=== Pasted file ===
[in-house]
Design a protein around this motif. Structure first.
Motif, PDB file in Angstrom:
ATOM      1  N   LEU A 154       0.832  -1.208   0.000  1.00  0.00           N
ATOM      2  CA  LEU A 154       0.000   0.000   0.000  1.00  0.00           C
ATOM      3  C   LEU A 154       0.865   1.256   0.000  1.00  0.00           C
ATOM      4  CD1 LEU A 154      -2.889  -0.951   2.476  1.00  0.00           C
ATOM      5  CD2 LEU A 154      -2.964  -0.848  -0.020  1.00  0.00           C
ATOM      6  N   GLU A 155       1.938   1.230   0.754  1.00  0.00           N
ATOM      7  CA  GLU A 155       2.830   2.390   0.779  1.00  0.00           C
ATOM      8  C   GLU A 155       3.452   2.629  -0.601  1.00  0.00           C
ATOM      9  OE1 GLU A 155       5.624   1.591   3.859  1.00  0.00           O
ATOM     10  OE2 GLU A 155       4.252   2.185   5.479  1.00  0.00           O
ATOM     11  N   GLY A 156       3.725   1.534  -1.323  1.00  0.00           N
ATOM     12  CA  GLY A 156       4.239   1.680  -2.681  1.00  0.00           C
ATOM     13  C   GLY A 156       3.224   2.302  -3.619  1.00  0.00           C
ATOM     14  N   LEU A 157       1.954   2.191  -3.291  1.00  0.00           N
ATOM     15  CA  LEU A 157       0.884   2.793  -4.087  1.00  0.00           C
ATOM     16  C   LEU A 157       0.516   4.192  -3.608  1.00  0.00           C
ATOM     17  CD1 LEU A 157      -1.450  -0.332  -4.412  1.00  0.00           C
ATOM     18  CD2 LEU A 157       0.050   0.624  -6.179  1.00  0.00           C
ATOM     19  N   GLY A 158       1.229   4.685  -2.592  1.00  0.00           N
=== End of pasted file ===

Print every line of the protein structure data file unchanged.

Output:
[in-house]
Design a protein around this motif. Structure first.
Motif, PDB file in Angstrom:
ATOM      1  N   LEU A 154       0.832  -1.208   0.000  1.00  0.00           N
ATOM      2  CA  LEU A 154       0.000   0.000   0.000  1.00  0.00           C
ATOM      3  C   LEU A 154       0.865   1.256   0.000  1.00  0.00           C
ATOM      4  CD1 LEU A 154      -2.889  -0.951   2.476  1.00  0.00           C
ATOM      5  CD2 LEU A 154      -2.964  -0.848  -0.020  1.00  0.00           C
ATOM      6  N   GLU A 155       1.938   1.230   0.754  1.00  0.00           N
ATOM      7  CA  GLU A 155       2.830   2.390   0.779  1.00  0.00           C
ATOM      8  C   GLU A 155       3.452   2.629  -0.601  1.00  0.00           C
ATOM      9  OE1 GLU A 155       5.624   1.591   3.859  1.00  0.00           O
ATOM     10  OE2 GLU A 155       4.252   2.185   5.479  1.00  0.00           O
ATOM     11  N   GLY A 156       3.725   1.534  -1.323  1.00  0.00           N
ATOM     12  CA  GLY A 156       4.239   1.680  -2.681  1.00  0.00           C
ATOM     13  C   GLY A 156       3.224   2.302  -3.619  1.00  0.00           C
ATOM     14  N   LEU A 157       1.954   2.191  -3.291  1.00  0.00           N
ATOM     15  CA  LEU A 157       0.884   2.793  -4.087  1.00  0.00           C
ATOM     16  C   LEU A 157       0.516   4.192  -3.608  1.00  0.00           C
ATOM     17  CD1 LEU A 157      -1.450  -0.332  -4.412  1.00  0.00           C
ATOM     18  CD2 LEU A 157       0.050   0.624  -6.179  1.00  0.00           C
ATOM     19  N   GLY A 158       1.229   4.685  -2.592  1.00  0.00           N